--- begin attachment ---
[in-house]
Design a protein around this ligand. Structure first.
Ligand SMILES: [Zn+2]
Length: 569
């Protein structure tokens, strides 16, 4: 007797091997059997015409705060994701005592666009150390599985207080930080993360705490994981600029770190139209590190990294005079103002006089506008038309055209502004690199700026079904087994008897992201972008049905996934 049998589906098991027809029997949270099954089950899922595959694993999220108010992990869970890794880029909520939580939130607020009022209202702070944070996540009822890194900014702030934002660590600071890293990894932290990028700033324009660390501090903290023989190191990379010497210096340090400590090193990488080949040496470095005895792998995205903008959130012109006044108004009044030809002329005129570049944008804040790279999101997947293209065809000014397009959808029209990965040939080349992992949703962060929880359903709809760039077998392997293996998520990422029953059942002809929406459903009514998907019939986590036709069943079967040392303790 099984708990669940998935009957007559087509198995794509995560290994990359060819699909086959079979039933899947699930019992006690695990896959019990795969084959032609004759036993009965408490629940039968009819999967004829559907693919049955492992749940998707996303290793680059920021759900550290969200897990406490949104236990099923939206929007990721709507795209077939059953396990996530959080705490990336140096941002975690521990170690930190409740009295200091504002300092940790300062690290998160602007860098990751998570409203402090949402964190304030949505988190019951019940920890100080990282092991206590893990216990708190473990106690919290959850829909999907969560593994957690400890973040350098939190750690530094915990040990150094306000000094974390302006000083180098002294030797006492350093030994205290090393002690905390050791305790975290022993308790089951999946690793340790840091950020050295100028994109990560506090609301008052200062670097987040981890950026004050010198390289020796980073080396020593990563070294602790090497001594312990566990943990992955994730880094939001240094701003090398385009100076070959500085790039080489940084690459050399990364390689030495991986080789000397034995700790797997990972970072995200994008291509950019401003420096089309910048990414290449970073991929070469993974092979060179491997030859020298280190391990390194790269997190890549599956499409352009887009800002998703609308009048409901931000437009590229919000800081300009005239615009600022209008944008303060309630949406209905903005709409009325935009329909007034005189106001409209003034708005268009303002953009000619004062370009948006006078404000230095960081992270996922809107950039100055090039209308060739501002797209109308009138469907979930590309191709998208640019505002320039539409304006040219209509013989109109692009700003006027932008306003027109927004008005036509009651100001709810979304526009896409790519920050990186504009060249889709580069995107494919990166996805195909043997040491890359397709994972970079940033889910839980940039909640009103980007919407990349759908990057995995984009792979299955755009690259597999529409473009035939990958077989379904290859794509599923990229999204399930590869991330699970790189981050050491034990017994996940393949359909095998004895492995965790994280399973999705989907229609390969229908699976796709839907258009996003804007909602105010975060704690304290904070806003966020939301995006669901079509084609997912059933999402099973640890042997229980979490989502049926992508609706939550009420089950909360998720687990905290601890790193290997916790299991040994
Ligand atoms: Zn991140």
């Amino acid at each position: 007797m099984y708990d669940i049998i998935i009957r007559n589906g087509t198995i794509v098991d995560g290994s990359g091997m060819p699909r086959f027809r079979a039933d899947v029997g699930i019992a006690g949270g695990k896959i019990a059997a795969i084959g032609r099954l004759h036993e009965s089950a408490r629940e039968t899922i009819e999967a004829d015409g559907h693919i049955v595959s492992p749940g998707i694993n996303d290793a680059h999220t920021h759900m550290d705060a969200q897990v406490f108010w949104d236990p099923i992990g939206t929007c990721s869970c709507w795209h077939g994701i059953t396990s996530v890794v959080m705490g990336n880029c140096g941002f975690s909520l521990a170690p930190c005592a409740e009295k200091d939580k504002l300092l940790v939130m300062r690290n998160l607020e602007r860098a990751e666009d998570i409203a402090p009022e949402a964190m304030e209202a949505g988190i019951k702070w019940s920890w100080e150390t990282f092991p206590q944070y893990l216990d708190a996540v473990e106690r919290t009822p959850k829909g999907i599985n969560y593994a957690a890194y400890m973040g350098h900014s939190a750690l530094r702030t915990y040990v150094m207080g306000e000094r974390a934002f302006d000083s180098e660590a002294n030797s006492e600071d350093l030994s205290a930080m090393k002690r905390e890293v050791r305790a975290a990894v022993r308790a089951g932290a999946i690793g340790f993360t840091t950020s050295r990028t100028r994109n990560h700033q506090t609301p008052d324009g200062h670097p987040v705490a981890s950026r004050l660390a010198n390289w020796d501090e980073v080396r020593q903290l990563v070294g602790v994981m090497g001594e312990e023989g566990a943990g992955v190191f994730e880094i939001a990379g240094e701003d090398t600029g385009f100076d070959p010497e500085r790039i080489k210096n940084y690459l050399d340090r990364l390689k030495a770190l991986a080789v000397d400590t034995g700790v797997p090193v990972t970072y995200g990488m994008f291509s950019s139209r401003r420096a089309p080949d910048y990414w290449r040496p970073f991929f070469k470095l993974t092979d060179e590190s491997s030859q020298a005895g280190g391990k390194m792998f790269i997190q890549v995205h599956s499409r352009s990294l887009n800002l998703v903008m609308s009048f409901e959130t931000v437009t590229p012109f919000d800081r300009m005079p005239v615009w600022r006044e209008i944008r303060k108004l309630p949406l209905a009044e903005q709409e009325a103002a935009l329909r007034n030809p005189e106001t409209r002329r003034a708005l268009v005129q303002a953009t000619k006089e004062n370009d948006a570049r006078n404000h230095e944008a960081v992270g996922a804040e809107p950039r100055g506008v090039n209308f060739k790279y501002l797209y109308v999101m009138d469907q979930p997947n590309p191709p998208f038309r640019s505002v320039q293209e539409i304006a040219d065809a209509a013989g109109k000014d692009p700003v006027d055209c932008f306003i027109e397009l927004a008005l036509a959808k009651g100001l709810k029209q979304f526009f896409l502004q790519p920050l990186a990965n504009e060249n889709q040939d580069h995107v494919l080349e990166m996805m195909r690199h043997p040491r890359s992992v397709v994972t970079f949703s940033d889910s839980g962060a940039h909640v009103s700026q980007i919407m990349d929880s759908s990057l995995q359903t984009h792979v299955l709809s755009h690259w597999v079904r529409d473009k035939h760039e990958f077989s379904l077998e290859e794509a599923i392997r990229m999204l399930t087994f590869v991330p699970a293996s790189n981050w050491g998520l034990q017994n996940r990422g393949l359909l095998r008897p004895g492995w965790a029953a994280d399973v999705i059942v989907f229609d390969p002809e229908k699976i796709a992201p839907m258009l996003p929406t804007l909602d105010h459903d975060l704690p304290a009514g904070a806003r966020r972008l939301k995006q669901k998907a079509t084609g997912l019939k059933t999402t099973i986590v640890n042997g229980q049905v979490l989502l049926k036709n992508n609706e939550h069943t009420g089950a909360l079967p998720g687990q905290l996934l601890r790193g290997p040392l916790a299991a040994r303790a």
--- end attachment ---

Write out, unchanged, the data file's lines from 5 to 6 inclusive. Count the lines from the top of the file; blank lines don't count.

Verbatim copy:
């Protein structure tokens, strides 16, 4: 007797091997059997015409705060994701005592666009150390599985207080930080993360705490994981600029770190139209590190990294005079103002006089506008038309055209502004690199700026079904087994008897992201972008049905996934 049998589906098991027809029997949270099954089950899922595959694993999220108010992990869970890794880029909520939580939130607020009022209202702070944070996540009822890194900014702030934002660590600071890293990894932290990028700033324009660390501090903290023989190191990379010497210096340090400590090193990488080949040496470095005895792998995205903008959130012109006044108004009044030809002329005129570049944008804040790279999101997947293209065809000014397009959808029209990965040939080349992992949703962060929880359903709809760039077998392997293996998520990422029953059942002809929406459903009514998907019939986590036709069943079967040392303790 099984708990669940998935009957007559087509198995794509995560290994990359060819699909086959079979039933899947699930019992006690695990896959019990795969084959032609004759036993009965408490629940039968009819999967004829559907693919049955492992749940998707996303290793680059920021759900550290969200897990406490949104236990099923939206929007990721709507795209077939059953396990996530959080705490990336140096941002975690521990170690930190409740009295200091504002300092940790300062690290998160602007860098990751998570409203402090949402964190304030949505988190019951019940920890100080990282092991206590893990216990708190473990106690919290959850829909999907969560593994957690400890973040350098939190750690530094915990040990150094306000000094974390302006000083180098002294030797006492350093030994205290090393002690905390050791305790975290022993308790089951999946690793340790840091950020050295100028994109990560506090609301008052200062670097987040981890950026004050010198390289020796980073080396020593990563070294602790090497001594312990566990943990992955994730880094939001240094701003090398385009100076070959500085790039080489940084690459050399990364390689030495991986080789000397034995700790797997990972970072995200994008291509950019401003420096089309910048990414290449970073991929070469993974092979060179491997030859020298280190391990390194790269997190890549599956499409352009887009800002998703609308009048409901931000437009590229919000800081300009005239615009600022209008944008303060309630949406209905903005709409009325935009329909007034005189106001409209003034708005268009303002953009000619004062370009948006006078404000230095960081992270996922809107950039100055090039209308060739501002797209109308009138469907979930590309191709998208640019505002320039539409304006040219209509013989109109692009700003006027932008306003027109927004008005036509009651100001709810979304526009896409790519920050990186504009060249889709580069995107494919990166996805195909043997040491890359397709994972970079940033889910839980940039909640009103980007919407990349759908990057995995984009792979299955755009690259597999529409473009035939990958077989379904290859794509599923990229999204399930590869991330699970790189981050050491034990017994996940393949359909095998004895492995965790994280399973999705989907229609390969229908699976796709839907258009996003804007909602105010975060704690304290904070806003966020939301995006669901079509084609997912059933999402099973640890042997229980979490989502049926992508609706939550009420089950909360998720687990905290601890790193290997916790299991040994
Ligand atoms: Zn991140």